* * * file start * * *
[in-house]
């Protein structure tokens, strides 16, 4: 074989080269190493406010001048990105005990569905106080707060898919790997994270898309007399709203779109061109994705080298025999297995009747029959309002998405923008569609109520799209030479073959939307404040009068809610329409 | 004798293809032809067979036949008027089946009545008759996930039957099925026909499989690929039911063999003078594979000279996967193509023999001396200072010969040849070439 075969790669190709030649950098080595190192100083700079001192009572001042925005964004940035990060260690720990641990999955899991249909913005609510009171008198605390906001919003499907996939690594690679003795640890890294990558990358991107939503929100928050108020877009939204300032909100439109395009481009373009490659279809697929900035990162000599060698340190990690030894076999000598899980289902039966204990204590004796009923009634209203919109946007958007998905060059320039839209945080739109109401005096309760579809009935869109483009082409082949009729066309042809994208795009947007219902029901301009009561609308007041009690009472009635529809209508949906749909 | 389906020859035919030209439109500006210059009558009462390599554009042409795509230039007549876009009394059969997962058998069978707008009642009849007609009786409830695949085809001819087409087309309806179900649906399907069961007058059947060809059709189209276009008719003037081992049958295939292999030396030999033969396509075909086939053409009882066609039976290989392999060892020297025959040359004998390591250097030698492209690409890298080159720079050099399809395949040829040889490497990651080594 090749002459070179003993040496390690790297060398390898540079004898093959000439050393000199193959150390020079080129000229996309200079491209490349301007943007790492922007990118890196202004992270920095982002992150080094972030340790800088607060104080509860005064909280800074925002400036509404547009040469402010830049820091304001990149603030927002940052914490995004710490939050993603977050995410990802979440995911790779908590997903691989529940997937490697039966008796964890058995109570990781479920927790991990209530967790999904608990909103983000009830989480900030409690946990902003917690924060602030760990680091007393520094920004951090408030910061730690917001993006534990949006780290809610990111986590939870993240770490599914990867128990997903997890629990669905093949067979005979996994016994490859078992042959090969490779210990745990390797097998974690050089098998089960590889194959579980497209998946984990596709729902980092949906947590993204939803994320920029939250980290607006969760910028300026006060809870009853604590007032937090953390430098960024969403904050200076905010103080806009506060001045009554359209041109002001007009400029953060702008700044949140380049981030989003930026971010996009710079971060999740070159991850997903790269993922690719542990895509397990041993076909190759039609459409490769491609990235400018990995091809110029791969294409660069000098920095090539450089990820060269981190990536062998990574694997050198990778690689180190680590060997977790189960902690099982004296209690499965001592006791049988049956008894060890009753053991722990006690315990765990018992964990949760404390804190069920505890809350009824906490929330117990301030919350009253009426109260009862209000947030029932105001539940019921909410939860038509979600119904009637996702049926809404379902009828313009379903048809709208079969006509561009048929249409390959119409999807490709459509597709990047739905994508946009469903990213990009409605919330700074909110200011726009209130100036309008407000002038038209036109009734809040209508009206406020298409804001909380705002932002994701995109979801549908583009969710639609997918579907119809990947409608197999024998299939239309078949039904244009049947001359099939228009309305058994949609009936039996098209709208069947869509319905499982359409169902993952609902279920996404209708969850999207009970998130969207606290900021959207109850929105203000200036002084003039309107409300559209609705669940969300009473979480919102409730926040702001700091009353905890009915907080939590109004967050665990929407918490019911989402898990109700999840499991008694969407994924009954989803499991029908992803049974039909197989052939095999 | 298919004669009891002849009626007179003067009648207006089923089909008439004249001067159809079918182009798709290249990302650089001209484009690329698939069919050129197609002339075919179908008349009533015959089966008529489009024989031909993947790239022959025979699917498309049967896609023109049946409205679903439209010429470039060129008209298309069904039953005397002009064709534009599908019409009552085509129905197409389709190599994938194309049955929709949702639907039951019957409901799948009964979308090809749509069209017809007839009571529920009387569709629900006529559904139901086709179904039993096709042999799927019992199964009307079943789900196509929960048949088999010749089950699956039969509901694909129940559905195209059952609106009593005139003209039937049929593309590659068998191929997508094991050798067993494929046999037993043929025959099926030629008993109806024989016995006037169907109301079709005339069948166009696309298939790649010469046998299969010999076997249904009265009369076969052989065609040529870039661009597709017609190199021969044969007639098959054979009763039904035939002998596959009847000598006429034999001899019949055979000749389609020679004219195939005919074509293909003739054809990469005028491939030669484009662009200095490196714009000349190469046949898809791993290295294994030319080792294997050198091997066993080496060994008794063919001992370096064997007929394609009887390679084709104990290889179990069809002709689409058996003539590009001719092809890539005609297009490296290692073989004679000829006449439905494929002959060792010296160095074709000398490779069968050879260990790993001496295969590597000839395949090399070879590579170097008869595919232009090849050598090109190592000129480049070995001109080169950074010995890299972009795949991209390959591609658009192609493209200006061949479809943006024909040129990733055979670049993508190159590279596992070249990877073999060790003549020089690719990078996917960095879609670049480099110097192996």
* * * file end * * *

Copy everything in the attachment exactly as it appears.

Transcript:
[in-house]
């Protein structure tokens, strides 16, 4: 074989080269190493406010001048990105005990569905106080707060898919790997994270898309007399709203779109061109994705080298025999297995009747029959309002998405923008569609109520799209030479073959939307404040009068809610329409 | 004798293809032809067979036949008027089946009545008759996930039957099925026909499989690929039911063999003078594979000279996967193509023999001396200072010969040849070439 075969790669190709030649950098080595190192100083700079001192009572001042925005964004940035990060260690720990641990999955899991249909913005609510009171008198605390906001919003499907996939690594690679003795640890890294990558990358991107939503929100928050108020877009939204300032909100439109395009481009373009490659279809697929900035990162000599060698340190990690030894076999000598899980289902039966204990204590004796009923009634209203919109946007958007998905060059320039839209945080739109109401005096309760579809009935869109483009082409082949009729066309042809994208795009947007219902029901301009009561609308007041009690009472009635529809209508949906749909 | 389906020859035919030209439109500006210059009558009462390599554009042409795509230039007549876009009394059969997962058998069978707008009642009849007609009786409830695949085809001819087409087309309806179900649906399907069961007058059947060809059709189209276009008719003037081992049958295939292999030396030999033969396509075909086939053409009882066609039976290989392999060892020297025959040359004998390591250097030698492209690409890298080159720079050099399809395949040829040889490497990651080594 090749002459070179003993040496390690790297060398390898540079004898093959000439050393000199193959150390020079080129000229996309200079491209490349301007943007790492922007990118890196202004992270920095982002992150080094972030340790800088607060104080509860005064909280800074925002400036509404547009040469402010830049820091304001990149603030927002940052914490995004710490939050993603977050995410990802979440995911790779908590997903691989529940997937490697039966008796964890058995109570990781479920927790991990209530967790999904608990909103983000009830989480900030409690946990902003917690924060602030760990680091007393520094920004951090408030910061730690917001993006534990949006780290809610990111986590939870993240770490599914990867128990997903997890629990669905093949067979005979996994016994490859078992042959090969490779210990745990390797097998974690050089098998089960590889194959579980497209998946984990596709729902980092949906947590993204939803994320920029939250980290607006969760910028300026006060809870009853604590007032937090953390430098960024969403904050200076905010103080806009506060001045009554359209041109002001007009400029953060702008700044949140380049981030989003930026971010996009710079971060999740070159991850997903790269993922690719542990895509397990041993076909190759039609459409490769491609990235400018990995091809110029791969294409660069000098920095090539450089990820060269981190990536062998990574694997050198990778690689180190680590060997977790189960902690099982004296209690499965001592006791049988049956008894060890009753053991722990006690315990765990018992964990949760404390804190069920505890809350009824906490929330117990301030919350009253009426109260009862209000947030029932105001539940019921909410939860038509979600119904009637996702049926809404379902009828313009379903048809709208079969006509561009048929249409390959119409999807490709459509597709990047739905994508946009469903990213990009409605919330700074909110200011726009209130100036309008407000002038038209036109009734809040209508009206406020298409804001909380705002932002994701995109979801549908583009969710639609997918579907119809990947409608197999024998299939239309078949039904244009049947001359099939228009309305058994949609009936039996098209709208069947869509319905499982359409169902993952609902279920996404209708969850999207009970998130969207606290900021959207109850929105203000200036002084003039309107409300559209609705669940969300009473979480919102409730926040702001700091009353905890009915907080939590109004967050665990929407918490019911989402898990109700999840499991008694969407994924009954989803499991029908992803049974039909197989052939095999 | 298919004669009891002849009626007179003067009648207006089923089909008439004249001067159809079918182009798709290249990302650089001209484009690329698939069919050129197609002339075919179908008349009533015959089966008529489009024989031909993947790239022959025979699917498309049967896609023109049946409205679903439209010429470039060129008209298309069904039953005397002009064709534009599908019409009552085509129905197409389709190599994938194309049955929709949702639907039951019957409901799948009964979308090809749509069209017809007839009571529920009387569709629900006529559904139901086709179904039993096709042999799927019992199964009307079943789900196509929960048949088999010749089950699956039969509901694909129940559905195209059952609106009593005139003209039937049929593309590659068998191929997508094991050798067993494929046999037993043929025959099926030629008993109806024989016995006037169907109301079709005339069948166009696309298939790649010469046998299969010999076997249904009265009369076969052989065609040529870039661009597709017609190199021969044969007639098959054979009763039904035939002998596959009847000598006429034999001899019949055979000749389609020679004219195939005919074509293909003739054809990469005028491939030669484009662009200095490196714009000349190469046949898809791993290295294994030319080792294997050198091997066993080496060994008794063919001992370096064997007929394609009887390679084709104990290889179990069809002709689409058996003539590009001719092809890539005609297009490296290692073989004679000829006449439905494929002959060792010296160095074709000398490779069968050879260990790993001496295969590597000839395949090399070879590579170097008869595919232009090849050598090109190592000129480049070995001109080169950074010995890299972009795949991209390959591609658009192609493209200006061949479809943006024909040129990733055979670049993508190159590279596992070249990877073999060790003549020089690719990078996917960095879609670049480099110097192996």